Picture: Dog bite? The touch from the hand of a seventh son cures the bite of a mad dog
The Schools' Collection compiled in the 1930s provides a great local history resource for anyone interested in researching myths, legends and history in a very local context. The collection is retained in University College Dublin and is part of the wider archives represented by the National Folklore Collection. What it provides is the embedding of people and place in folklore practice, preserving and reflecting the distinctive perspectives, beliefs and aspirations of communities over time. More and more of the School's Collection is being made available online on a phased basis through the Duchas Website. This information is a valuable source in its own right but equally so when taken together with official trade directory information, maps, census statistics, headstone transcriptions and other sources detailing a parish’s history.
Much local folklore came about as a result of what we would today call superstition but also from an intimate knowledge of the weather, animals or basic biology - something that in today's hectic world we are a little removed from. Cures and special remedies could sometimes have an underlying reasoning behind their application that is quite understandable. If you suffered from a cold, for example, a common remedy included various mixtures of honey, butter, sugar and lemon. Some cures though are not so easy to understand. In Ardaghy, Omeath, Co. Louth one recorded cure for toothache required a promise by the patient never to shave on Sundays.
As well as being a valuable insight into social and cultural norms and traditions, the exercise books themselves are a tangible connection to our ancestors as children, teachers and parents. As more and more of the collection is being digitized, we can search for mentions of our ancestors amongst them, or find an actual account written by one of them and read the story in their own handwriting.
Baldness, warts, worms ...
Cures could be found for all sorts of ailments from shingles, baldness, warts, worms, skin conditions and many, many more. Many people were said to be born having the cure for something and this they could sometimes pass down through generations. For some cures the gift passed specifically on either the male or female line. In his book, Irish County Cures, Patrick Lohan refers to a family near Tuam, Co. Galway known for five generations as bone setters. Sometimes the bone setters symbol can be found on a headstone, indicating that person's skill in the area and is recognizable as a fist clutching a broken piece of bone.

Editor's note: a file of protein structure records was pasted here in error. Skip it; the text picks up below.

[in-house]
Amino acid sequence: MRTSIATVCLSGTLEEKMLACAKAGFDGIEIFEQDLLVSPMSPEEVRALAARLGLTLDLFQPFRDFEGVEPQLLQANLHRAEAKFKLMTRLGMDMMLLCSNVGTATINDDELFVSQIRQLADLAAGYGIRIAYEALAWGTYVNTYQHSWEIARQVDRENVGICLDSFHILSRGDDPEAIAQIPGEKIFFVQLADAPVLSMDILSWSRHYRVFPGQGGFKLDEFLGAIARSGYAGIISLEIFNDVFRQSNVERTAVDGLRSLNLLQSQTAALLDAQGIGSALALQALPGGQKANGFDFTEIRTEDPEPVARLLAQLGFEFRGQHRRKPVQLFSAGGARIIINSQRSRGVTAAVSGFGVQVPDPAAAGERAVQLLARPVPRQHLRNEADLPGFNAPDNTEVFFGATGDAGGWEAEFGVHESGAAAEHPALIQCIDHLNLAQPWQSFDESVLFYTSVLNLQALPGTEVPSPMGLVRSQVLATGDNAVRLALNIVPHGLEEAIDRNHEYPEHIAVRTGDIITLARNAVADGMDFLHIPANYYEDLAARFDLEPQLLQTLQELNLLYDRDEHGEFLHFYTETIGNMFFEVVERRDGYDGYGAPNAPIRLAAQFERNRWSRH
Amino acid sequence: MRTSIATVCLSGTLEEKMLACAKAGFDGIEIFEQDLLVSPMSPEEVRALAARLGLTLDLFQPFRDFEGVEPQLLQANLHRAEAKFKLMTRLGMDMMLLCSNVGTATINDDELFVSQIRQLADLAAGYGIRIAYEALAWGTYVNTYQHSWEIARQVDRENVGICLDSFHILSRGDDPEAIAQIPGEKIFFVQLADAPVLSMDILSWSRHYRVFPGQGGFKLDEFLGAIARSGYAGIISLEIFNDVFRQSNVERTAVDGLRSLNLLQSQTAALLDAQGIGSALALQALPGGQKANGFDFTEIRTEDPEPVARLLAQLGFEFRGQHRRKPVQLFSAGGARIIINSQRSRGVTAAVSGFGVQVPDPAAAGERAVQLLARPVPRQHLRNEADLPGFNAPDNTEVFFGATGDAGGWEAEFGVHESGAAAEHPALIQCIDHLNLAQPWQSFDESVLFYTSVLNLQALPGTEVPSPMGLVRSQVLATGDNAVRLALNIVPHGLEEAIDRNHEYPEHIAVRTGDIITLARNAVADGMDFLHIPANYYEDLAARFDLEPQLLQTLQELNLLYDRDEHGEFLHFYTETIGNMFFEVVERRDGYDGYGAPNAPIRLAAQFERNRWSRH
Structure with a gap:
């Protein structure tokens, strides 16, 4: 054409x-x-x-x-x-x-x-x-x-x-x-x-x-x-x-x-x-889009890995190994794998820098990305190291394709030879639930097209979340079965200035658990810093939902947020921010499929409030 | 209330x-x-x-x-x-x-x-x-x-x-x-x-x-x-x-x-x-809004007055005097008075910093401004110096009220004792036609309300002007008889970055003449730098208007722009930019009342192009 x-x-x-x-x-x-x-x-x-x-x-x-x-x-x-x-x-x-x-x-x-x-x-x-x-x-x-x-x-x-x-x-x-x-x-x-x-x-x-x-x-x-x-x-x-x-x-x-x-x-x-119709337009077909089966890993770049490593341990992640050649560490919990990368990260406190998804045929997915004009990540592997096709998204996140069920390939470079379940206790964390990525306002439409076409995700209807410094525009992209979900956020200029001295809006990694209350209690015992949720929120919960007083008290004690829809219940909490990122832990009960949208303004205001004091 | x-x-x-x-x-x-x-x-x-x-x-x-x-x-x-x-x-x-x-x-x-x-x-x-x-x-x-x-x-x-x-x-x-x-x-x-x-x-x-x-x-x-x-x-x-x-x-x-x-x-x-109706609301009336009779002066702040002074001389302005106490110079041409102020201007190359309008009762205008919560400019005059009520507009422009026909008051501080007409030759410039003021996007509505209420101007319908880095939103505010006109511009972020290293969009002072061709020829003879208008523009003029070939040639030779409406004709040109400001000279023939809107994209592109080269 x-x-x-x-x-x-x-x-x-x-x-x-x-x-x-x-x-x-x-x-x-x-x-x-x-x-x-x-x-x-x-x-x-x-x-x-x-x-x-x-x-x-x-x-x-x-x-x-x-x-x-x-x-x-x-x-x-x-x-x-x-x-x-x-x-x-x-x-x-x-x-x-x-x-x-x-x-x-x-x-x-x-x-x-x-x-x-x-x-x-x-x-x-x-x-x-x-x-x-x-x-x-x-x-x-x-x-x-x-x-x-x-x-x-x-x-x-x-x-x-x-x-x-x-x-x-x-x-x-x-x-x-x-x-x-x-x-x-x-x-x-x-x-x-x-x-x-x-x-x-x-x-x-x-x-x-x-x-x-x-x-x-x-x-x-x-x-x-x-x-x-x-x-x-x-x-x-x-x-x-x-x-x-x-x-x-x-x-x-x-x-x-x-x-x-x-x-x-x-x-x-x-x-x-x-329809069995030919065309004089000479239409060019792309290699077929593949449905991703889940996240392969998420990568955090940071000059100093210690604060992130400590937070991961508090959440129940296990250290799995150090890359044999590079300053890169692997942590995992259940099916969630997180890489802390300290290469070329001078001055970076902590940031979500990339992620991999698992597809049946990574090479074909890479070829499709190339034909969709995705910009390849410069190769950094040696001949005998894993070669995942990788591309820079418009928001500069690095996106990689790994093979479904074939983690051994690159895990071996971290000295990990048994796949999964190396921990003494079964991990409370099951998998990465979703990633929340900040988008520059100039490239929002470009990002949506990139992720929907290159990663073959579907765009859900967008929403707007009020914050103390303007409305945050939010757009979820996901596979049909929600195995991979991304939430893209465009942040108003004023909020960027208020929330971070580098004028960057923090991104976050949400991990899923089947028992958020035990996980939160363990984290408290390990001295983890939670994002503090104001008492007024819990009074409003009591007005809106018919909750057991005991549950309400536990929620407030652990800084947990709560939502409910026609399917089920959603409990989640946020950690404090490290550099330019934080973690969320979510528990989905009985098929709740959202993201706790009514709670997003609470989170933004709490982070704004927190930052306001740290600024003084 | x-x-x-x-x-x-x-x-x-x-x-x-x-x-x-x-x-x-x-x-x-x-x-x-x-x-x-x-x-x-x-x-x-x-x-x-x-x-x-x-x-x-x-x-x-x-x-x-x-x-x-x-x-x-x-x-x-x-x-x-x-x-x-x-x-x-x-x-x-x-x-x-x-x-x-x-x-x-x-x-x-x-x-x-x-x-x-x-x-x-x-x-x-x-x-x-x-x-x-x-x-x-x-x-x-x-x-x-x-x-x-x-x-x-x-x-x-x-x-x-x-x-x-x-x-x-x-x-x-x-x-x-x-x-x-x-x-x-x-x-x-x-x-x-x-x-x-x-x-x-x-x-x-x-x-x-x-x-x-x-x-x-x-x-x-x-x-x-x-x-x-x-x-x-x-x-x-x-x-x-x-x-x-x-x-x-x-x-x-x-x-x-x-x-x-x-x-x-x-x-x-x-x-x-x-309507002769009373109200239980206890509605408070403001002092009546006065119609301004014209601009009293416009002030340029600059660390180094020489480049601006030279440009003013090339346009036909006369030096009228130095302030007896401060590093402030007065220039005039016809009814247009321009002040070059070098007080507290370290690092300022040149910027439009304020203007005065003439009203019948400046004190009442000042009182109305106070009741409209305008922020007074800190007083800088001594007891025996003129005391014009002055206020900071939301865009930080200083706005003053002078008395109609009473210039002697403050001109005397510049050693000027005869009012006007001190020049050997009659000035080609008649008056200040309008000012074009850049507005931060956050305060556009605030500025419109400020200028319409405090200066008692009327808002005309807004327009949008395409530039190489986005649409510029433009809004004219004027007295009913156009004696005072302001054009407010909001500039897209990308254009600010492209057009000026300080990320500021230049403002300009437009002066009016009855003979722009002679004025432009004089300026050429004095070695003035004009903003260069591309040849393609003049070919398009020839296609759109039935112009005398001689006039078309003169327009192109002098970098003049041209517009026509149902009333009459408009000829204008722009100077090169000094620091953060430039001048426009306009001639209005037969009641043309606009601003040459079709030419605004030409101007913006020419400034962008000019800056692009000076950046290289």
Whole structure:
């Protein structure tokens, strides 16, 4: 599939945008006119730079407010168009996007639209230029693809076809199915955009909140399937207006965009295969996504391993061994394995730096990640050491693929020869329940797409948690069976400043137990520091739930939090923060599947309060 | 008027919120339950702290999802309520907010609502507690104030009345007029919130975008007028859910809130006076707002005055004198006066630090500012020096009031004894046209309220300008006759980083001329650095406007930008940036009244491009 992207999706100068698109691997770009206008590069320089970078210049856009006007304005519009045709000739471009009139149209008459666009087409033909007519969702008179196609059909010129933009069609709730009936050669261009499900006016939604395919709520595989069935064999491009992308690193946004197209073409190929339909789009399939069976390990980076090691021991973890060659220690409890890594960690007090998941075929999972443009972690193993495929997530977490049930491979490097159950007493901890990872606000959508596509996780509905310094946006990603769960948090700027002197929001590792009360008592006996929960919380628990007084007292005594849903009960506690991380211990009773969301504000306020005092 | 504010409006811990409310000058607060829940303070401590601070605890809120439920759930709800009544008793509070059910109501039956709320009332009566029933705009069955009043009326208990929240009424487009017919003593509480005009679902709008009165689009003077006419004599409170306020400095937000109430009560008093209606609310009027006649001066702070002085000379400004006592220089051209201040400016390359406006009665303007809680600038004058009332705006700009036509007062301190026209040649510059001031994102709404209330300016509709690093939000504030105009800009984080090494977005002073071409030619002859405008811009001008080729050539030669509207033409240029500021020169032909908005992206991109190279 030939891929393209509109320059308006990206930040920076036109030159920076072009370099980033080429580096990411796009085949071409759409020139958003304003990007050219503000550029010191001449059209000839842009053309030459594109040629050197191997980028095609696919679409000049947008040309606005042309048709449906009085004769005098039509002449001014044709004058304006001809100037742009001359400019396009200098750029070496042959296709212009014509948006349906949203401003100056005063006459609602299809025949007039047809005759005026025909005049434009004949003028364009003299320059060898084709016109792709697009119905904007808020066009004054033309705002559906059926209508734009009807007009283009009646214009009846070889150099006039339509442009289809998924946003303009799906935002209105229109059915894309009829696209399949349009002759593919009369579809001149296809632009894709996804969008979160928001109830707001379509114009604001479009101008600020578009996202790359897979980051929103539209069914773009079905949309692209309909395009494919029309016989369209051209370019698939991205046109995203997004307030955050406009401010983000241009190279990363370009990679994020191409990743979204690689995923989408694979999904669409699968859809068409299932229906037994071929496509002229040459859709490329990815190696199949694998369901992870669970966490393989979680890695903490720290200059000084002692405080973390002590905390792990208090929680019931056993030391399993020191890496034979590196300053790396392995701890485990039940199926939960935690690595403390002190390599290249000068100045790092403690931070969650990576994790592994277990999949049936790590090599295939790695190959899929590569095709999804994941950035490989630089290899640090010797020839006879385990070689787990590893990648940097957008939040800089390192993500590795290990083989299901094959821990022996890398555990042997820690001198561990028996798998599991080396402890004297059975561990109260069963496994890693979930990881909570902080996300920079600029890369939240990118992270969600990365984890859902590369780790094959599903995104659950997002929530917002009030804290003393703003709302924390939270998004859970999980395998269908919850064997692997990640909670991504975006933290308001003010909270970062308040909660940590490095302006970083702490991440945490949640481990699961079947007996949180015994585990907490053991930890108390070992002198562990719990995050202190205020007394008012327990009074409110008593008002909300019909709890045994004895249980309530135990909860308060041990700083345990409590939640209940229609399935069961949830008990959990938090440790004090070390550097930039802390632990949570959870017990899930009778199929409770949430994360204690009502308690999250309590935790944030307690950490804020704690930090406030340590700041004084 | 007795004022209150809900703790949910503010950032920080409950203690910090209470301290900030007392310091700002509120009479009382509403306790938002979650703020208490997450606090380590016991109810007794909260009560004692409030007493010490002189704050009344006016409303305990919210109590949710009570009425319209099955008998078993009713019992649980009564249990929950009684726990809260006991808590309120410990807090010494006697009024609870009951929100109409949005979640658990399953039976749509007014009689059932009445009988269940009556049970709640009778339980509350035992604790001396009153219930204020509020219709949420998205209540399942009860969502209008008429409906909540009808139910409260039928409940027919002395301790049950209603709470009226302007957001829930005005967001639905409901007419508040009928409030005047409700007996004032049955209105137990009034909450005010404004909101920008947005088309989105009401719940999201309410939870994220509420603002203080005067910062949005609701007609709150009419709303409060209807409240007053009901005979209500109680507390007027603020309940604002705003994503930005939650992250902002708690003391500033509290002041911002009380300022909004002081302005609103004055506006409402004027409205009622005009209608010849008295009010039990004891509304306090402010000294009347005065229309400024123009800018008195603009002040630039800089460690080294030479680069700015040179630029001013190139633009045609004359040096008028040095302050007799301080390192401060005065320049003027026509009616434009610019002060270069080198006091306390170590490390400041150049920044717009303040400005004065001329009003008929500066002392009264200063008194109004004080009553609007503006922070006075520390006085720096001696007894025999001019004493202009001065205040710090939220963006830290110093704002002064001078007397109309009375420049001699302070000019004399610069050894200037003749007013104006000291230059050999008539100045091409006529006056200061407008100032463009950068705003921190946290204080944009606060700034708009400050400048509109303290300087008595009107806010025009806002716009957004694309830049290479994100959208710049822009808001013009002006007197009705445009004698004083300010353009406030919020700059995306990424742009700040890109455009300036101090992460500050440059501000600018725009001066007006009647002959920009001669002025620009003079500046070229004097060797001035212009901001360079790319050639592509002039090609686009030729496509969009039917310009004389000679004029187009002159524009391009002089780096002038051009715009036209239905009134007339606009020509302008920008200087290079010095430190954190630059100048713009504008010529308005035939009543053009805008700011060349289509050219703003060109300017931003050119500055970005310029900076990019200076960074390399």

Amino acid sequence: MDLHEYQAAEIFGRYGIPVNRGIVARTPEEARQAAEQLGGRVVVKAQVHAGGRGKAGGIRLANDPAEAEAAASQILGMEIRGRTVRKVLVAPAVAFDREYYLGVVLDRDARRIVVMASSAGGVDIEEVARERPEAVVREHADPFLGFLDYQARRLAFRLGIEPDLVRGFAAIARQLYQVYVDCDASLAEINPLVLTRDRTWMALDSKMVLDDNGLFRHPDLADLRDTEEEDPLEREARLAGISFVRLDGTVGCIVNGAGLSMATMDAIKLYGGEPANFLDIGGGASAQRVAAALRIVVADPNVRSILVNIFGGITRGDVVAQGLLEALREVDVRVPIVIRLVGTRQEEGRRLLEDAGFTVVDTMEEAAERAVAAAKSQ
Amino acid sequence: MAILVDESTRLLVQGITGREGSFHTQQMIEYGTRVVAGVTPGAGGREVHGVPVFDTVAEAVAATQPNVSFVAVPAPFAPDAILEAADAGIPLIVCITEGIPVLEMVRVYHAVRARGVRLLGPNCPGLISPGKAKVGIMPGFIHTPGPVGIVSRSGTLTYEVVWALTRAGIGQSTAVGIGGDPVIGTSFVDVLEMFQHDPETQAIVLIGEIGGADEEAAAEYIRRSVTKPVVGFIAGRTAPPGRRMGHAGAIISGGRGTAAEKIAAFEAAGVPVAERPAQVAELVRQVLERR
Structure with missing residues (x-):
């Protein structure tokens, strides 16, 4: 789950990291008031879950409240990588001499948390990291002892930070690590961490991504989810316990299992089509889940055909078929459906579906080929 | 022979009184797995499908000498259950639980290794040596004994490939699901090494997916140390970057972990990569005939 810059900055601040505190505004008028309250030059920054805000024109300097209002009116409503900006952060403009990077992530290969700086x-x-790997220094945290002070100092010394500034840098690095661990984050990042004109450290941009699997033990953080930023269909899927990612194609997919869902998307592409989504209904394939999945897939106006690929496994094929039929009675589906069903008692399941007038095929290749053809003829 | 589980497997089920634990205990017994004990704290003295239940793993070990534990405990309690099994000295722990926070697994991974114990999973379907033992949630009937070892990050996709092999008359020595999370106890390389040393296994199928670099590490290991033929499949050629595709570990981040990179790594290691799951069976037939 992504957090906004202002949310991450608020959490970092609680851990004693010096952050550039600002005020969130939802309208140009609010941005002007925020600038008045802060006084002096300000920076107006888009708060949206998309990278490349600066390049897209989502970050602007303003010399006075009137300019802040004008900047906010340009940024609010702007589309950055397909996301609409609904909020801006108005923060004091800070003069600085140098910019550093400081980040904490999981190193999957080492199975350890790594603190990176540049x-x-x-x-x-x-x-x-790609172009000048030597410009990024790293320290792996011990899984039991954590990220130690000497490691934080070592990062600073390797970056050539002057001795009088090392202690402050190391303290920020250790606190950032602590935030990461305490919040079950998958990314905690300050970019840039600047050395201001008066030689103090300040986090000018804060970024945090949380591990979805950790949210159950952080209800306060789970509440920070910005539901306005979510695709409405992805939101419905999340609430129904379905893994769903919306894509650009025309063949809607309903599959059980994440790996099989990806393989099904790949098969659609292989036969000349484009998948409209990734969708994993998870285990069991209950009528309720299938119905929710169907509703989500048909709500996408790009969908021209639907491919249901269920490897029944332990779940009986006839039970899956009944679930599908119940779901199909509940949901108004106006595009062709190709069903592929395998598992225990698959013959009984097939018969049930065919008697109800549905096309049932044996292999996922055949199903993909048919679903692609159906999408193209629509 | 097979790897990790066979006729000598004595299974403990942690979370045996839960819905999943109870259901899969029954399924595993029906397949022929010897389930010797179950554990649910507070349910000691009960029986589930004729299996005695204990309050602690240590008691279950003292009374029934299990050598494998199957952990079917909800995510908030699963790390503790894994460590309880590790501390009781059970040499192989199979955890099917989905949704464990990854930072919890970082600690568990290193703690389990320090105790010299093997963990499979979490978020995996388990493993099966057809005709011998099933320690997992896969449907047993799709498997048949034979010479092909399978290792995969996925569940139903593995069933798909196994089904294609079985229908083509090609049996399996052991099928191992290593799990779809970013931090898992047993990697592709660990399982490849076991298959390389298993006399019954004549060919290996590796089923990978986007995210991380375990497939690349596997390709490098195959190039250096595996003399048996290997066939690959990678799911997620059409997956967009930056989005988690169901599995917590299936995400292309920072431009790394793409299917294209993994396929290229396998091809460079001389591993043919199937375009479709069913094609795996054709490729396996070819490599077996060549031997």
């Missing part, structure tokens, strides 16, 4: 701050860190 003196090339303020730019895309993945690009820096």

Picture: Bone settler symbol on headstone in Kilbannon Graveyard, Tuam, Co. Galway
"Going for the Cure"
The Schools' Collection gives an insight into life in Ireland before x-rays, chiropractors or midwives were readily available. Often times no money was exchanged as part of the process and sometimes the fulfilling of the remedy involved prayer on the part of the person with the gift or the person receiving it. More often than not the recorded cures had a very practical application, particularly for children.
Some examples are provided below and it is interesting to see how the treatment of common ailments like whooping cough, warts, colds and headaches differ from one part of the country to the other and also how similar stories are found in the Collection in Barnaderg below, as well as for the neighbouring parishes of Abbeyknockmoy and Tuam:
"Milk given to a ferret and what it leaves; drink up by child affected afterwards is said to be a cure for the chincough. There is a very old cure for sprains. The person must go before sunrise to some place where three waters meet on three mornings in succession. Then the part affected must be placed in the water. This was thought an infallible sure in olden times."
Cure collected by Martin Reilly from Mary B. Reilly, Barnaderg, Co. Galway
Writing a review of a Handbook of Irish Folklore, Francis Shaw stated that ‘when truth and beauty and goodness cannot be found in modern civilization, we are forced to seek for these values in other places’. As a source of family and local history the value of the School’s Collection should not be overlooked.
What's your affliction?
Put a hot potato to the cheek or fill the mouth with cold water
For a cough
Drink boiled buttermilk and sugar on it or blackberry drinks
Tie a woolen stocking round it
A stie on the eye
Get nine gooseberry thorns and point them at the eye
For a horse with colic
Drench her with hot ale and ground ginger
Taken from Schools' Collection at the National Folklore Archive